I realize that most of the examples are anecdotes and that it’s easy to pick and choose stories that will back your agenda. And yet most of what I heard reminded me of similar situations I’ve been made aware of in my on community. We live in a rural county—most towns have a population of less than 10,000. Our schools are supposed to be “safer” than those in urban/suburban neighborhoods but here are the facts: In 2012 our neighboring town (pop. 4000) had 3 high school students commit suicide. A new mother to homeschool co-op shared with me that her daughter had been expelled for taking mom’s prescriptions to school and selling them. The purchaser was in a coma for three days. The girl was in Jr. High, but the town is so small elementary students share the same campus and would be exposed to the same risk. Our youth pastor shared at dinner one evening that there was a lot of sexual experimentation going on in the high school, including homosexuality. Which leads me to a point made in the film, 70+ percent of Americans say there is a problem with the schools but nearly the same percentage say that their own school is just fine.
In the second half of the film is a drive through the history of public schooling with the yellow bus stopping to take on passengers from time to time: Robert Owen, Horace Mann, Karl Marx, Charles Darwin, G. Stanley Hall, Ivan Pavlov, John Dewey and others. Don’t know all those names? You should. They are the men who shaped the public education system we have today. Very few of them had the children’s best interest at heart. Take a look at some of these quotes (FYI: I superimposed the words on screenshots from the movie).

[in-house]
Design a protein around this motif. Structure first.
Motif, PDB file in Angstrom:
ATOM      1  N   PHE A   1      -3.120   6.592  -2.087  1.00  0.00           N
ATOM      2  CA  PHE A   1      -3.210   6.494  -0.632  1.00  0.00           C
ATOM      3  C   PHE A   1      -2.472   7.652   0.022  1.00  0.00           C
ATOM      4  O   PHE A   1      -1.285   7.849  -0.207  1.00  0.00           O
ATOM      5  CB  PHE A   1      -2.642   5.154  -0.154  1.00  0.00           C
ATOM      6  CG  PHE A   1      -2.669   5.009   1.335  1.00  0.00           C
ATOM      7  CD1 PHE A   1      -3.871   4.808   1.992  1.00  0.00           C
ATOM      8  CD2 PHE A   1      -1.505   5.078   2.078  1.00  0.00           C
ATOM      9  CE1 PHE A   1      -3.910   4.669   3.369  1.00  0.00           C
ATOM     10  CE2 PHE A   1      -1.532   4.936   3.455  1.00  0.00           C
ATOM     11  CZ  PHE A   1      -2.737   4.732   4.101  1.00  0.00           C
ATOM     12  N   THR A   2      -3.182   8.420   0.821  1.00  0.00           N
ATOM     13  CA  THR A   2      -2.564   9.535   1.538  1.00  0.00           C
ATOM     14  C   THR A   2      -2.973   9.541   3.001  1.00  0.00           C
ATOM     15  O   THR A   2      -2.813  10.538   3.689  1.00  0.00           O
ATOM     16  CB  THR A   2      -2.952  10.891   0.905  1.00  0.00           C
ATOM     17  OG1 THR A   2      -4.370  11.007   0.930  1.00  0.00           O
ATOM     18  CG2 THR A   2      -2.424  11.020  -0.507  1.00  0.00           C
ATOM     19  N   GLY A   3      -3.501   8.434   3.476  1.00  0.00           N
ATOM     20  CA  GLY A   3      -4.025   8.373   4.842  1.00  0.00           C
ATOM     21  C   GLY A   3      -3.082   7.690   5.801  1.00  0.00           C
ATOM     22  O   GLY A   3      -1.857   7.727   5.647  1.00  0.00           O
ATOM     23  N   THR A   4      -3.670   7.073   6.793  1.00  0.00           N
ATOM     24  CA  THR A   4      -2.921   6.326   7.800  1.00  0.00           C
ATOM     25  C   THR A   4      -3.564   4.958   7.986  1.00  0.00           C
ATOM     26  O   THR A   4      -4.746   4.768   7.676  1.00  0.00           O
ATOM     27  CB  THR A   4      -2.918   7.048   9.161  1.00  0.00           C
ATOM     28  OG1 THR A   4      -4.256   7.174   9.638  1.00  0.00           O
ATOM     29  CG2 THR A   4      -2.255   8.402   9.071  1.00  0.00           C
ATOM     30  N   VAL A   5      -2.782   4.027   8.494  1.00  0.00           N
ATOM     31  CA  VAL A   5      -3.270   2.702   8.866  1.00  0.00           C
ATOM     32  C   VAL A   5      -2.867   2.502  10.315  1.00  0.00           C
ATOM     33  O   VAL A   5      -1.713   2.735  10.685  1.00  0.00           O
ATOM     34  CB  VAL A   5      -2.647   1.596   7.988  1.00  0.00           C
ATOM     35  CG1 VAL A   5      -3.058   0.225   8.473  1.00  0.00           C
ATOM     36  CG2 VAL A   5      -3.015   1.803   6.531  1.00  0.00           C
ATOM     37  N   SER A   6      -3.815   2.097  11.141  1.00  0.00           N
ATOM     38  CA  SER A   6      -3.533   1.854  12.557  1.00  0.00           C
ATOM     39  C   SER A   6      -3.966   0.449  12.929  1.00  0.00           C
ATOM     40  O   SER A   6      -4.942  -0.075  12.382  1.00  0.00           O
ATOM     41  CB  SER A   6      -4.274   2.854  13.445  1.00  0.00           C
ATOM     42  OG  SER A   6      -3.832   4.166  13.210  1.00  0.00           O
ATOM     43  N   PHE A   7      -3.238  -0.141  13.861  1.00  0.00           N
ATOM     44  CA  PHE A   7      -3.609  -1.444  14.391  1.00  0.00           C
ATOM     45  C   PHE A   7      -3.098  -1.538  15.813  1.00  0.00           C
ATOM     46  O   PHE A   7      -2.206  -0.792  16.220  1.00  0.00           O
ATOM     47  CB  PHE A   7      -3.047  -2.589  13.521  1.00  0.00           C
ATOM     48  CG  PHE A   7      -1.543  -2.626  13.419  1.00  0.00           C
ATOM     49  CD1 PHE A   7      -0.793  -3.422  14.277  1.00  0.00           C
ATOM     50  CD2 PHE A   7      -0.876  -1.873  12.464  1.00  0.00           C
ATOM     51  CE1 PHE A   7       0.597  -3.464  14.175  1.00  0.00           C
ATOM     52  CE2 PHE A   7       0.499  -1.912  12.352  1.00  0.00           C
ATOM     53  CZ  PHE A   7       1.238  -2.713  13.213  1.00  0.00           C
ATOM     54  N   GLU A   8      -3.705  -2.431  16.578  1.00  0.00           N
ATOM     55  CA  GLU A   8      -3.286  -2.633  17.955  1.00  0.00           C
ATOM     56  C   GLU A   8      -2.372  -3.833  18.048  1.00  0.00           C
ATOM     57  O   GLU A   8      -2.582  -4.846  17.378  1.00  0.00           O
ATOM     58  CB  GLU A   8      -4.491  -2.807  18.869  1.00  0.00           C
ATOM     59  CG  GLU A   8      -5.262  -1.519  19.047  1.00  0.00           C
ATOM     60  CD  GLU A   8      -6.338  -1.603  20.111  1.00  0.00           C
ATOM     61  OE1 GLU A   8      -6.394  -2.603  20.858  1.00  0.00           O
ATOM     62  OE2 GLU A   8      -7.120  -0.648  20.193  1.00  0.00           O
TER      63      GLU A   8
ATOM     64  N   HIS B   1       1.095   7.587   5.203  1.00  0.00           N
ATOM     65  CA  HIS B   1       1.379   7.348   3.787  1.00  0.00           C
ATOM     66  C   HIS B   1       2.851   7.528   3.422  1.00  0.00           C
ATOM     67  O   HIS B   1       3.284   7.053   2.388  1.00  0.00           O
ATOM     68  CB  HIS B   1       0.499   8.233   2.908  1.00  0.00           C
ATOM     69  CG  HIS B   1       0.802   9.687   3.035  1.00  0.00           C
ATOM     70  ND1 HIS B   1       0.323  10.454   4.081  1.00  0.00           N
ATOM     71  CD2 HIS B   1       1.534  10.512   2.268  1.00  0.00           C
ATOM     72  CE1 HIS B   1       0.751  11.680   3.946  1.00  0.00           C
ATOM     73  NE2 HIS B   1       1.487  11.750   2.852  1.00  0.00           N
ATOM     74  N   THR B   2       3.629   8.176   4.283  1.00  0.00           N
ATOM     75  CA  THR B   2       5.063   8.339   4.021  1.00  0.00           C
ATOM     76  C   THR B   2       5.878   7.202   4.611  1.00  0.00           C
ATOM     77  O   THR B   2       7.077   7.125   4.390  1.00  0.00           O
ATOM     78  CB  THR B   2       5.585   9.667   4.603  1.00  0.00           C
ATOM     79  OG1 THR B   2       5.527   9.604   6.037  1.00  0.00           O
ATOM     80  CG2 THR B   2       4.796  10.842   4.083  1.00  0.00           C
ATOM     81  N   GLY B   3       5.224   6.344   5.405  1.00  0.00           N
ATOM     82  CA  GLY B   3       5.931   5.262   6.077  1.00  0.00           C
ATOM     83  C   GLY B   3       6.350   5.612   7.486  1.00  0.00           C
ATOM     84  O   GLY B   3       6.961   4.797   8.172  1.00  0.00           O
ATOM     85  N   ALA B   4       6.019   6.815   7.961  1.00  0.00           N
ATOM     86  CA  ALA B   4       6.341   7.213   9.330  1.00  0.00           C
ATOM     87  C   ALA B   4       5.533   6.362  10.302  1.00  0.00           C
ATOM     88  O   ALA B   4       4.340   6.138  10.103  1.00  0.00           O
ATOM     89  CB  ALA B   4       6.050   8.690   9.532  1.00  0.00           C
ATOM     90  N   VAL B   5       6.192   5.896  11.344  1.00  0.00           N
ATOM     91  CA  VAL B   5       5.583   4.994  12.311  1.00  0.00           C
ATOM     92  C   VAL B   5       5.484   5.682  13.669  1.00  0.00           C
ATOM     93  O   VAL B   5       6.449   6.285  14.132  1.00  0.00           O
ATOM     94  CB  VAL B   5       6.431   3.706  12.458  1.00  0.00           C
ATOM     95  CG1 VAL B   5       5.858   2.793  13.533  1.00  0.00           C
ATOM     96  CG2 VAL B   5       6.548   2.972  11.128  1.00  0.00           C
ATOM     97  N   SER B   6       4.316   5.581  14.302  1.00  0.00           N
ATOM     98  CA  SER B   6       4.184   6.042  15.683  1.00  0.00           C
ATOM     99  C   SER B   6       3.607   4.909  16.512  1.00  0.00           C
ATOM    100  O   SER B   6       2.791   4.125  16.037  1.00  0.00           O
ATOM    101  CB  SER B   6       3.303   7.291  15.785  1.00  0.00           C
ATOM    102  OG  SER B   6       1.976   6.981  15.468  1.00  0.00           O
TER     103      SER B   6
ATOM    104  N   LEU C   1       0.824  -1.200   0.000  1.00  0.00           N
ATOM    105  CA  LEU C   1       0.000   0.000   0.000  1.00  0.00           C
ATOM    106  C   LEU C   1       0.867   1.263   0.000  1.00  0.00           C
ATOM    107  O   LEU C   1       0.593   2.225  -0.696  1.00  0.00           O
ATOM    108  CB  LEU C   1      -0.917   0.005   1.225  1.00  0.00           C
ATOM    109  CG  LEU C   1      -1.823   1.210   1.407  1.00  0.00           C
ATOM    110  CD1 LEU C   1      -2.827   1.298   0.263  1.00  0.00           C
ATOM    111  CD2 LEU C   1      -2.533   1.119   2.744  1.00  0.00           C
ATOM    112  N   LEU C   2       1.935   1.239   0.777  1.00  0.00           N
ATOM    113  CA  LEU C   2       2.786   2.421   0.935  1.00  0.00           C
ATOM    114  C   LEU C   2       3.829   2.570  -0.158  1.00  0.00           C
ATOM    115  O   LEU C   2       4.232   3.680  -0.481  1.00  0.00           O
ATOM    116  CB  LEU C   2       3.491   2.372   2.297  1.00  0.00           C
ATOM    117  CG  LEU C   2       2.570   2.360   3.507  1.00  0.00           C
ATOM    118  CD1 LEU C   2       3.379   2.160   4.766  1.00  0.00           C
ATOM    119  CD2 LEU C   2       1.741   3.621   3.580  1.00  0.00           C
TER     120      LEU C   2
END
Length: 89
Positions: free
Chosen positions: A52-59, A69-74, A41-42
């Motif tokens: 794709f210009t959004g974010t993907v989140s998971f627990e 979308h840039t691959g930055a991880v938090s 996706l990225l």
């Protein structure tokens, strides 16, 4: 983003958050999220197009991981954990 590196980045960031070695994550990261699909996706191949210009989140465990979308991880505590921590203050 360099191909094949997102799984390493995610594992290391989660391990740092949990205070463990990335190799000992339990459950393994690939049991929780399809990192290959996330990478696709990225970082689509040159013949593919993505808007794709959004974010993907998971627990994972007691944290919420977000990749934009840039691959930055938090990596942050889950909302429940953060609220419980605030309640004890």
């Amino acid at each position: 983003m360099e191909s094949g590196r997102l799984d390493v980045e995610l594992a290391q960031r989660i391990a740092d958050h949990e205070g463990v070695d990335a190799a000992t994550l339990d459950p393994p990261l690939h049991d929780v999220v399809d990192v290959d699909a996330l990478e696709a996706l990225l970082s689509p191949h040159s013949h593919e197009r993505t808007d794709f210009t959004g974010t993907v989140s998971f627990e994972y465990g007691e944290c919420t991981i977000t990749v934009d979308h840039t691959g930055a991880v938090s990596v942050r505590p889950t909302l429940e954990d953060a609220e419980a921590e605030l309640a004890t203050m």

So who should watch this movie? I don’t believe there’s any point showing the film to non-believers. They have no reason to care if morals are being taught in school without mention of God’s absolute standards. The movie is definitely for a Christian audience and the creators believe all Christians should take action by withdrawing their kids from government schools. Unfortunately, there are many families that couldn’t make it on a single income. This may lead them to feel guilt-stricken (they’d like to make a change but can’t) or become defensive (are you implying I’m not a good enough Christian or parent because I haven’t taken that radical step?). Nor do I believe you should take a copy of the film to the next school board meeting or parent teacher conference. The guests/cast of the film include enough well recognized names that any public school official would be likely to discount the entire message as hate-mongering and scare tactics.
You’re probably not going to lead many to Christ by thumping them over the head with a Bible and saying “Here, you need this.” Likewise this movie probably shouldn’t be shared until you’ve developed a strong relationship with the person you’d like to view it. When they ask “Why did you make the decision to homeschool?” invite them over to watch the movie with you. Be prepared to pause it and answer questions or share personal stories.
As for myself, the film couldn’t have come at a better time. At the beginning of the year my husband’s company cut his pay by 40 percent. That’s quite a blow for a family trying to make it on one income anyway. Thanks to this film, the one option that was never on the table was to put my son on the yellow bus so that I could find a full time job. I did find a part time job with flexible hours and with my parents help we will continue our homeschool journey.